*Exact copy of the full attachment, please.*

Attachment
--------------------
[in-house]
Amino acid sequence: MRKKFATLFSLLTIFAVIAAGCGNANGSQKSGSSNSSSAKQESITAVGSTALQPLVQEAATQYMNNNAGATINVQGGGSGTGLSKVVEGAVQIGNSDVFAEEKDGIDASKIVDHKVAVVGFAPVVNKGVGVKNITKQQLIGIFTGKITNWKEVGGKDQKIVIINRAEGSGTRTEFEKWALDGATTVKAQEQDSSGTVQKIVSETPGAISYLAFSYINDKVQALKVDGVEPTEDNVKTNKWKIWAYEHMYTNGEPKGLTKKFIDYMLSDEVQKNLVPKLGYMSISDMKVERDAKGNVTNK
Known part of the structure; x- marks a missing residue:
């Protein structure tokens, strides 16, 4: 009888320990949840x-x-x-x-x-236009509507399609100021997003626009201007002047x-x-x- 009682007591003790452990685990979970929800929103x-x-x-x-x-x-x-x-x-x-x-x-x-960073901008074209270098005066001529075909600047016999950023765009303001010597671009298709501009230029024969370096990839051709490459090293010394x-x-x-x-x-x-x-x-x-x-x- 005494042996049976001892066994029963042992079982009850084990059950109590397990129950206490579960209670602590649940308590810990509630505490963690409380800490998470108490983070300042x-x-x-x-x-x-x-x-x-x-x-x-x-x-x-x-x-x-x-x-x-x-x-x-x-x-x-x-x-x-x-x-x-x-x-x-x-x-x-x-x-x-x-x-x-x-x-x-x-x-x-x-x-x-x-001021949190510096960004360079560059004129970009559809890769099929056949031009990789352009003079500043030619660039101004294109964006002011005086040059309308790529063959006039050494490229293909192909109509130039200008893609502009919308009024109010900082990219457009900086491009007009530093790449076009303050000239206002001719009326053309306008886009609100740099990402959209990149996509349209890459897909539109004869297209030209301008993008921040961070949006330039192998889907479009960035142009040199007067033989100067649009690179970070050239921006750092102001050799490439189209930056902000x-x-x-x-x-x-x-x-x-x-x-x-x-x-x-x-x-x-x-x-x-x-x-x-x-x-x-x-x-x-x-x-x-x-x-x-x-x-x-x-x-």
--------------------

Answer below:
[in-house]
Amino acid sequence: MRKKFATLFSLLTIFAVIAAGCGNANGSQKSGSSNSSSAKQESITAVGSTALQPLVQEAATQYMNNNAGATINVQGGGSGTGLSKVVEGAVQIGNSDVFAEEKDGIDASKIVDHKVAVVGFAPVVNKGVGVKNITKQQLIGIFTGKITNWKEVGGKDQKIVIINRAEGSGTRTEFEKWALDGATTVKAQEQDSSGTVQKIVSETPGAISYLAFSYINDKVQALKVDGVEPTEDNVKTNKWKIWAYEHMYTNGEPKGLTKKFIDYMLSDEVQKNLVPKLGYMSISDMKVERDAKGNVTNK
Known part of the structure; x- marks a missing residue:
């Protein structure tokens, strides 16, 4: 009888320990949840x-x-x-x-x-236009509507399609100021997003626009201007002047x-x-x- 009682007591003790452990685990979970929800929103x-x-x-x-x-x-x-x-x-x-x-x-x-960073901008074209270098005066001529075909600047016999950023765009303001010597671009298709501009230029024969370096990839051709490459090293010394x-x-x-x-x-x-x-x-x-x-x- 005494042996049976001892066994029963042992079982009850084990059950109590397990129950206490579960209670602590649940308590810990509630505490963690409380800490998470108490983070300042x-x-x-x-x-x-x-x-x-x-x-x-x-x-x-x-x-x-x-x-x-x-x-x-x-x-x-x-x-x-x-x-x-x-x-x-x-x-x-x-x-x-x-x-x-x-x-x-x-x-x-x-x-x-x-001021949190510096960004360079560059004129970009559809890769099929056949031009990789352009003079500043030619660039101004294109964006002011005086040059309308790529063959006039050494490229293909192909109509130039200008893609502009919308009024109010900082990219457009900086491009007009530093790449076009303050000239206002001719009326053309306008886009609100740099990402959209990149996509349209890459897909539109004869297209030209301008993008921040961070949006330039192998889907479009960035142009040199007067033989100067649009690179970070050239921006750092102001050799490439189209930056902000x-x-x-x-x-x-x-x-x-x-x-x-x-x-x-x-x-x-x-x-x-x-x-x-x-x-x-x-x-x-x-x-x-x-x-x-x-x-x-x-x-």